This was a particularly paradoxical outcome because it was so at odds with our own history. A century or so ago the House of Commons was followed closely up and down the breadth of the land. Local model or mock Parliaments then were as widespread as model United Nations have become in many schools and elsewhere. These were real civic institutions and they added enormously to the public understanding of Parliament and of politics far more broadly.
The spirit of this is captured in some of the literature about this period. One intriguing example comes from Norman Collins's classic urban novel London Belongs to Me which was published in 1945. Collins was a political enthusiast, a contemporary and friend of George Orwell, an early leader within BBC Radio (he created the Dick Barton series) and one of the true founding fathers of British television - both for the BBC and then the independent sector.
London Belongs to Me was, nevertheless, his most significant novel. The principal character in it is a somewhat buttoned-up clerk known as Mr Josser who spends much of his spare time involved with the South London Parliament, a people's debating forum which very closely shadowed that of the House of Commons and sought to wrestle in its Chamber with exactly the same awkward events, notably the rise of Hitler in the 1930s, as at Westminster. Somewhat to his surprise, Mr Josser finds himself nominated to act as Foreign Secretary in this South London Parliament and drawn ever deeper into politics.
To quote Norman Collins:
"Secretary of State for Foreign Affairs! It appalled him. It was enough to appall anyone. And at such a moment too. Admittedly Munich had saved the peace. But there was still a pretty nasty undercurrent of talk about the state of Europe. It said in the morning's papers that President Hacha had been summoned to Berlin. And when Hitler invited someone to come and stay with him, it didn't usually end there. Before Mr Josser knew where he was he might find himself......No, it was no use imagining. He must keep his head, read through the reports of his Ambassadors and trust to Providence. Mr Josser and Mr Chamberlain were in the same boat now."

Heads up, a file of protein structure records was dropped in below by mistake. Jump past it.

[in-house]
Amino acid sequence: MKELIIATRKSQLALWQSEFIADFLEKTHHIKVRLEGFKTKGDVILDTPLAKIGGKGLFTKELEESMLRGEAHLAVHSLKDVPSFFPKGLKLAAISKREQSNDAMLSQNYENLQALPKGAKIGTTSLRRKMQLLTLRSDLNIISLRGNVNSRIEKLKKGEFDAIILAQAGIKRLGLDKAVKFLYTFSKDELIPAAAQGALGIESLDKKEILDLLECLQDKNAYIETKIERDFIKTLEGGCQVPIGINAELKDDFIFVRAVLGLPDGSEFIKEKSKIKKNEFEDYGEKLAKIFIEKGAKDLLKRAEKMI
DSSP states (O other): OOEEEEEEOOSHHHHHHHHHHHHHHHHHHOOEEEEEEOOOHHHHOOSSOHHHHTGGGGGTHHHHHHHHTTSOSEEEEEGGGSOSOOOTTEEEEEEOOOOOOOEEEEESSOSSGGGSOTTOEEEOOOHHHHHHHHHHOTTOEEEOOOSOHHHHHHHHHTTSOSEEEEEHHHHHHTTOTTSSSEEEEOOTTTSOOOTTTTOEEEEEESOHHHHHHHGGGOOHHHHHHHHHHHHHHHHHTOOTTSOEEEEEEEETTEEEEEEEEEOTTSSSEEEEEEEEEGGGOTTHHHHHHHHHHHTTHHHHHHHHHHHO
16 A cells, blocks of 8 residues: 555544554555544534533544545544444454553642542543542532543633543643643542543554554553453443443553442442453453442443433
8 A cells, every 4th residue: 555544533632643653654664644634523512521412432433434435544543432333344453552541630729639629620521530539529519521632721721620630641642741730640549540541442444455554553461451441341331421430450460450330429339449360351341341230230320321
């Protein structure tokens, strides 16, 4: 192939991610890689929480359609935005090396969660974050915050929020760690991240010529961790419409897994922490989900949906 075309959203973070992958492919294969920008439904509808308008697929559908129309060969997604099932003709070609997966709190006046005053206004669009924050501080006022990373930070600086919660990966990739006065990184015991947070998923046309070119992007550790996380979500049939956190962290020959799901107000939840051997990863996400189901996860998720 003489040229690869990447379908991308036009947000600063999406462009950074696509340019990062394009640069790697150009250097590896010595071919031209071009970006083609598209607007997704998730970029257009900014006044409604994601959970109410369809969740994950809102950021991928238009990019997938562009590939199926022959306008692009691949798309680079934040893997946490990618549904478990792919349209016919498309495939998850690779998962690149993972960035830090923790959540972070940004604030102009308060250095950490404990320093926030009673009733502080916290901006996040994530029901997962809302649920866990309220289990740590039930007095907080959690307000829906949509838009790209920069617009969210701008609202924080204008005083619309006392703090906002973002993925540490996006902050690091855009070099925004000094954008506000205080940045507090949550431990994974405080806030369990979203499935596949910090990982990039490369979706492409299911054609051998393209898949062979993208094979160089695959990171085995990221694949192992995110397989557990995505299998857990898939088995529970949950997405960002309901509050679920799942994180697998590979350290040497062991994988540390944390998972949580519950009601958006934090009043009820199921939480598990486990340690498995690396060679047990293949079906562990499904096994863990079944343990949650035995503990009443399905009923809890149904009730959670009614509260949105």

These model Parliaments had been a feature of life for many decades before the 1930s. They had a genuine political impact. In Robert Rhodes James's magisterial historical tome the British Revolution: British Politics 1880-1939, he makes the following observation about Andrew Bonar Law who rose to be Prime Minister in 1922 only to be cut down by cancer very shortly afterwards:
"He had trained himself to speak in local mock Parliaments – a great feature of these times, and long gone – to speak at length without notes, his mastery of complicated statistics was notable, and his bluntness and directness of expression were only to be emulated subsequently by Clement Attlee, with whom he had much in common."
If this sort of interaction between Parliament and public could occur without all the facilities of modern technology, imagine what we could achieve with those advantages now. It is this objective to which I intend to dedicate myself throughout this Parliament. I appreciate that Stalin has rendered five year plans less fashionable than they used to be. The House of Commons is, however, in what I hope is not a Stalinist spirit, working on its own version of a five year plan of engagement with the country as a whole. The end point for all this activity is the year 2015 which will be the eight hundredth anniversary of the signing of Magna Carta, the document from which all our political liberties ultimately flow and the 750th anniversary of the 1265 Parliament, that convened by Simon de Montfort, which is generally recognised as the first Parliament from which the current House of Commons can claim to be descended. It is my aim to see the reputation of the House restored so that these anniversaries will be occasions of real celebration not only at Westminster but all across the United Kingdom.